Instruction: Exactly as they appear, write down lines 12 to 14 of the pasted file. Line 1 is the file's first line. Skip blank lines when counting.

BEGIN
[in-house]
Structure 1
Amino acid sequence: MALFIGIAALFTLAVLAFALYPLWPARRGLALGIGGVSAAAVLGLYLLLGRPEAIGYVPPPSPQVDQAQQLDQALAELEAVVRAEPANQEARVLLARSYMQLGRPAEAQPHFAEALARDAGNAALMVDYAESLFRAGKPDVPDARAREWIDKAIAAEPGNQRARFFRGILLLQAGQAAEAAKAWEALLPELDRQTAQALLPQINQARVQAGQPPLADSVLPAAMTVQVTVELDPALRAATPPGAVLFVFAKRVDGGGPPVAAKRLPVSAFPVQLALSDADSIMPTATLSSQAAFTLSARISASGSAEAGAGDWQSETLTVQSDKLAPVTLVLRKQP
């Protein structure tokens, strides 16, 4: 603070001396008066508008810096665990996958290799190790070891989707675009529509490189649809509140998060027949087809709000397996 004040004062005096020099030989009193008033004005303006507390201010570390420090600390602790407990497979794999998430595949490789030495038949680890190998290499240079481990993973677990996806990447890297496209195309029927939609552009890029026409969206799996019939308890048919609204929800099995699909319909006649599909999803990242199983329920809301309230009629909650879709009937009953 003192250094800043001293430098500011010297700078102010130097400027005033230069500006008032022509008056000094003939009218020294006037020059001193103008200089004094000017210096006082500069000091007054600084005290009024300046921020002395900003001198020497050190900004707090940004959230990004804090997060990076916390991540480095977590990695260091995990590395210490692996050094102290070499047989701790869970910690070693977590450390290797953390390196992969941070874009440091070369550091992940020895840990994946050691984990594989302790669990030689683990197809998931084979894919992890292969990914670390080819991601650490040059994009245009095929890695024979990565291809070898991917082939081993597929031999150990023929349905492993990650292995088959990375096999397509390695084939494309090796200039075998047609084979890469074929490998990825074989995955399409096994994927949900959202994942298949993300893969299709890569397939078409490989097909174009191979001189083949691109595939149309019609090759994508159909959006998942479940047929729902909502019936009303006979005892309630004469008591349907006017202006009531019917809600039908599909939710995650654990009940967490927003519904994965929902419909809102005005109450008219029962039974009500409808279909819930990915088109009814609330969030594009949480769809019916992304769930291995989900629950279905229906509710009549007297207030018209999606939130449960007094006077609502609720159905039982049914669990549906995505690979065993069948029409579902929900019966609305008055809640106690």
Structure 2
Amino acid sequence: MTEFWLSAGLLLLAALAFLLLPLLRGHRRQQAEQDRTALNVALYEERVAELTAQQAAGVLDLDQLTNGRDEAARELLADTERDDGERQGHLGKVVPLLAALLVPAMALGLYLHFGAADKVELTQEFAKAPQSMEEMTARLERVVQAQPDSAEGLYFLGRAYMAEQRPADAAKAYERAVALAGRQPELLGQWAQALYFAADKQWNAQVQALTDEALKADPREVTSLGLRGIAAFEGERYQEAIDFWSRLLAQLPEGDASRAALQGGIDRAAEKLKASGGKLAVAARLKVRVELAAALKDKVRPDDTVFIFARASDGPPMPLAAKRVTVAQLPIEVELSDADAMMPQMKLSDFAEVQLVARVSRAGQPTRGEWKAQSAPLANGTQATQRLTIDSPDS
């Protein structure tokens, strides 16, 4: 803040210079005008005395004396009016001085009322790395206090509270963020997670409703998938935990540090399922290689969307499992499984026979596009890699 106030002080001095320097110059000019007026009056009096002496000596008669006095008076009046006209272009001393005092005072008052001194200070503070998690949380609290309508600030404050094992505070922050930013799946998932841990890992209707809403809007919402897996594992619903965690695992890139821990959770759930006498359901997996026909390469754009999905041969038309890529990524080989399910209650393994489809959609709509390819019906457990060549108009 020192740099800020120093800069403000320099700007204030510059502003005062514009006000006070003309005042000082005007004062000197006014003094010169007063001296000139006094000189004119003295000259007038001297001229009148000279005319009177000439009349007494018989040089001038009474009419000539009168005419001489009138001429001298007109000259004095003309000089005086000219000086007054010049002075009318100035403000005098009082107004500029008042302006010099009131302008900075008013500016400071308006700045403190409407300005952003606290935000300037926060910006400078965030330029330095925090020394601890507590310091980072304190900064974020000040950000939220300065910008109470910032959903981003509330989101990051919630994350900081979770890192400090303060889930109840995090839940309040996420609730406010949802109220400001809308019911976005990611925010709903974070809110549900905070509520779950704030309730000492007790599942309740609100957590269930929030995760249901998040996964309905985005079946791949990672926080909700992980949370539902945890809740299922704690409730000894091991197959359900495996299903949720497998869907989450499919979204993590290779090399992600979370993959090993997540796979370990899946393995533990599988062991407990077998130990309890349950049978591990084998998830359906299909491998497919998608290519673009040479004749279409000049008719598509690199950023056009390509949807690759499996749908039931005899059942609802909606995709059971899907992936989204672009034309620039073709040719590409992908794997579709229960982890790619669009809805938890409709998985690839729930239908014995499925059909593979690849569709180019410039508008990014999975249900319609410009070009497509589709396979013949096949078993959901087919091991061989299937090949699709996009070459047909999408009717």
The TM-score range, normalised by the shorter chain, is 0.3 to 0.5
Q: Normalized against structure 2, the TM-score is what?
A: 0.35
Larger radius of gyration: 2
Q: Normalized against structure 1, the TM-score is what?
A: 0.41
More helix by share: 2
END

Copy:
Q: Normalized against structure 1, the TM-score is what?
A: 0.41
More helix by share: 2